Food Cravings: What they meanIt is a known fact that during pregnancy women have cravings for specific foods. Some pregnant women crave for chocolate, spicy foods, ice-cream, pizzas and comfort foods, such as mashed potatoes, cereals, and sandwiches. Other women crave for non-food items, such as clay and cornstarch. What causes these food cravings is still a very debatable topic and even the experts have difficultly agreeing about what causes them. While hard facts about food cravings can be a little difficult to pin down, there have been a few studies done over the years about food cravings and food aversions during pregnancy.

Says Dr. Himanshu Batra that food craving might be the result of extreme hormonal changes that women go through during pregnancy. Because of this they can have a powerful impact on taste and smell. They can either crave for a specific food or be averse to it. But the bottom line, says Dr Batra, is that no one really knows for sure.

Study suggests that women are more likely to crave sweet foods during the second trimester than at any other point in pregnancy. Pregnant women normally crave for ice cream, sweets, candy (especially chocolate), fruit and fish. Some believe that pregnant women develop food cravings because they think they're supposed to develop them. They might have heard and read or seen their sister’s, friends develop food cravings and thus they psychologically hold it as the important factor.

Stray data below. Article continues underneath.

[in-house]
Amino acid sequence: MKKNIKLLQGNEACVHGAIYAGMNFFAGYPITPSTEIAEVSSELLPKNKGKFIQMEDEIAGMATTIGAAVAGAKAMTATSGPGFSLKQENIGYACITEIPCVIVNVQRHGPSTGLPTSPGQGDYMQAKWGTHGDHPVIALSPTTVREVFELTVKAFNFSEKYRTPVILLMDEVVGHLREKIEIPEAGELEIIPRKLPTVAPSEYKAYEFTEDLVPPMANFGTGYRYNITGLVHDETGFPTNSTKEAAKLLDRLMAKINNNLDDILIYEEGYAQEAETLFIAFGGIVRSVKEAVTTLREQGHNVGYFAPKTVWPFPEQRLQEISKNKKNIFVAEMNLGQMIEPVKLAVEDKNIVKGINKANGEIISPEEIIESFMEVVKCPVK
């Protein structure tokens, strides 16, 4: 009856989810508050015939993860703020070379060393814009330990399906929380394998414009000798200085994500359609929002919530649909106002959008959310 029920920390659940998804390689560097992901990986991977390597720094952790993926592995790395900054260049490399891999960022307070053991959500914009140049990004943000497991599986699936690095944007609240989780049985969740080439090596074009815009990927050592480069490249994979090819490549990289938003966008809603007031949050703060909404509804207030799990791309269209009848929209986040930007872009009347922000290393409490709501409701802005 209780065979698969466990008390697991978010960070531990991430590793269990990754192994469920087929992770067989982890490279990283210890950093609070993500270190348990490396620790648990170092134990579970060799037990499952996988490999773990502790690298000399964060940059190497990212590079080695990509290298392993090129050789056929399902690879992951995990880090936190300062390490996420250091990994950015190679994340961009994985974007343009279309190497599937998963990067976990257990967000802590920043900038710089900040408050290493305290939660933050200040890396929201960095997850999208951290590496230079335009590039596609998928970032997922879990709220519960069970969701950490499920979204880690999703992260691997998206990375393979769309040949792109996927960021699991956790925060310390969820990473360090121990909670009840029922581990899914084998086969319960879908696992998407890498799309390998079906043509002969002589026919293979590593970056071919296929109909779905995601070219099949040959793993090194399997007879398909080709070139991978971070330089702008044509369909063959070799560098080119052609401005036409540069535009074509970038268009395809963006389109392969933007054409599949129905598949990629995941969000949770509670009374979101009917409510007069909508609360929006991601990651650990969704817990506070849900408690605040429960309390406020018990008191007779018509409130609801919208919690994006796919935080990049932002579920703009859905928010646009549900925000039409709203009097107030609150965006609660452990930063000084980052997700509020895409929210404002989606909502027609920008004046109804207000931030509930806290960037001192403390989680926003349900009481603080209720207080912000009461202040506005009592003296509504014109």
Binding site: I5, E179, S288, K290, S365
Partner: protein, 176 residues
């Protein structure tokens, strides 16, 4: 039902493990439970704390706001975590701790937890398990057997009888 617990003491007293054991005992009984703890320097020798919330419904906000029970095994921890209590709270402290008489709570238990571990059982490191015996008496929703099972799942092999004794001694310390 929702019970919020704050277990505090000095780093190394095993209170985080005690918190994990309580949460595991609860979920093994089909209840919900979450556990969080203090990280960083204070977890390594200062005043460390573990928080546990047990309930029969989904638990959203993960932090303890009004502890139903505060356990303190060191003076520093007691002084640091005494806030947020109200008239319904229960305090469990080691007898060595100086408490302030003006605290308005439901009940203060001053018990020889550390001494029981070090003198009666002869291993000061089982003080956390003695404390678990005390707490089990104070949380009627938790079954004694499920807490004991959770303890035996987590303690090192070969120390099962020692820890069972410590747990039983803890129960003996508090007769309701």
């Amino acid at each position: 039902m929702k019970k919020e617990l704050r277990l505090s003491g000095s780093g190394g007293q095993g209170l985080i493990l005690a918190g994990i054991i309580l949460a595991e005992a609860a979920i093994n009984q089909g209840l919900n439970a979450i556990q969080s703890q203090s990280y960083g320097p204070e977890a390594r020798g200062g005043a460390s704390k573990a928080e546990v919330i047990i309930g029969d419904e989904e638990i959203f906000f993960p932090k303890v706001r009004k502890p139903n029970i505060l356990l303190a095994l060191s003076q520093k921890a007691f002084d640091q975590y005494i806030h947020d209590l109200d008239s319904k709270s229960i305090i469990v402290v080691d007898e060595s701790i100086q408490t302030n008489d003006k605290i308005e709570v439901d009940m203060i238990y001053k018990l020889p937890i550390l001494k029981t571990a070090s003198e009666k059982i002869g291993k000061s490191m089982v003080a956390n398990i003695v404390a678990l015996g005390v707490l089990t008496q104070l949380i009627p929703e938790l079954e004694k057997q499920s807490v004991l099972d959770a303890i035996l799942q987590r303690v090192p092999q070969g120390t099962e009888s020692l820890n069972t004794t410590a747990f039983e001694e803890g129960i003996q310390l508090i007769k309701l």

Sometimes pregnant vegetarian women find they get uncontrollable cravings for meat. This might be a signal that you body needs protein but there is no such explanation. Some women give in to the craving over the short-term and revert to strict vegetarianism after the birth. Others believe that including fish or pulses and grains in their diet boosts their protein intake. Including more eggs, milk or cheese in your diet is another way to provide good protein.

Some women crave for chocolate. Dark chocolate can be a useful source of magnesium and iron. So if you are craving chocolate, you may be slightly anaemic. Less sugary sources of these minerals include nuts, seeds, dates and figs (for magnesium) and red meat, eggs, nuts, seeds, beans and oatmeal (for iron). Also it is believed that eating chocolate may help a woman who is tired or depressed to feel better.

Dr Batra says that whatever food craving you have, it is important that pregnant women keep a check on their cravings. Craving for healthy food is good but you definitely have to stop yourself from craving for all the un-healthy food. Also some women crave for non-food items, such as clay and cornstarch. The craving and eating of non-food items is known as pica. Consumption of things that are not food can be dangerous to both you and your baby. If you have urges to eat non-food items, notify your doctor.

Dr Batra says. "A healthful diet should be one that meets your nutritional and your emotional needs, as well as your preferences." He recommends that pregnant women should humour their cravings rather than fight them by, substituting non-fat frozen yogurt for ice cream.

Other ways to curb unhealthy cravings:

  • Eat breakfast every day (skipping breakfast can make cravings worse)
  • Get plenty of exercise, and make sure you have lots of emotional support.
  • Relax and don’t let depression near you.

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